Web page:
Consequences if Omaha Beach fails

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Richard Anderson
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Re: Consequences if Omaha Beach fails

Post by Richard Anderson » 16 Nov 2021 09:00

Carl Schwamberger wrote:
16 Nov 2021 05:20
I'm wondering if this was the chap who advised the air forces would not be able to hit and drop bridges across France.
No, that was Solly Zuckerman.
"Is all this pretentious pseudo intellectual citing of sources REALLY necessary? It gets in the way of a good, spirited debate, destroys the cadence." POD, 6 October 2018

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Re: Consequences if Omaha Beach fails

Post by Sheldrake » 16 Nov 2021 11:17

Carl Schwamberger wrote:
16 Nov 2021 05:20
Sheldrake wrote:
16 Nov 2021 03:10
... Their distinguished OR expert Nobel Laureate professor Blackett tried to get the aerial bombardment cancelled in the days before D Day, claiming that it would be a friendly fire disaster, Parham in his D Day diary calls him a blighted, who had not read the fire plan until days before the operation and then caused a panic. It was an asymetric risk. A higher risk of friendly fire might reduce the overall casualties among soldiers, but without any up side for the navy....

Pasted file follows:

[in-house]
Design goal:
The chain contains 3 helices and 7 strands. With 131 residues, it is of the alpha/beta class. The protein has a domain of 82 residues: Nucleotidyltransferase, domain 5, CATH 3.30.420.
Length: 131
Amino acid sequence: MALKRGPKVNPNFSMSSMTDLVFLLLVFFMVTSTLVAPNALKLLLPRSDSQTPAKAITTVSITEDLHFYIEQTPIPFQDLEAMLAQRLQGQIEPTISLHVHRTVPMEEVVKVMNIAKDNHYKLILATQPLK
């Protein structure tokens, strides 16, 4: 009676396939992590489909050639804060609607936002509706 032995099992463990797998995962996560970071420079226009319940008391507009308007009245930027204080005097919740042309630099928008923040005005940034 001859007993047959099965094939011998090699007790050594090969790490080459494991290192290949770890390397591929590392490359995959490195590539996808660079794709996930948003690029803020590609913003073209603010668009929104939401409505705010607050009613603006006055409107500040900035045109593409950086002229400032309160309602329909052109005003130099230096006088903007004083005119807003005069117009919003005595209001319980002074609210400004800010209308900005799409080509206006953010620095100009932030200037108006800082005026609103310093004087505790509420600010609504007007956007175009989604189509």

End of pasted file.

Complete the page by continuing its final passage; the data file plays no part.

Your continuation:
I'm wondering if this was the chap who advised the air forces would not be able to hit and drop bridges across France.
Nope. Not that chap.

Patrick Blackett was the "father" of British Operations Research - much quoted on this forum. Chief of OR at the British Royal Aircraft
Establishment he worked with AA Command to apply science to make AA work better in 1940. Reducing the number of rounds per kill from 20,000 to 4,000. Off to the Navy as Head of OR. His OR team provided the evidence that a few large convoys were better than lots of small ones. He & team worked with coastal command to change the colour of aircraft - from black to white, thus reducing the range at which the aircraft could be detected by 20%. His team also ,recommended that depth charge settings be reduced from 100' to 25'. This increased the kill % from 1% to 7%. He is credited with the counter intuitive idea of armouring the parts of aircraft were least damaged on returning survivors.(Another finding much quoted but usually attributed to the USN) He was a critic of the area bombing strategy arguing from science that resources allocated to Bomber Command would be better used by other services - such as the Navy, his service. (He was a naval veteran of WW1 with a busy war, seeing action as a Midshipman on HMS Carnarvon at the Falkland Islands, Barham at Jutland before serving as a sub lieutenant on destroyers in the channel and north sea.)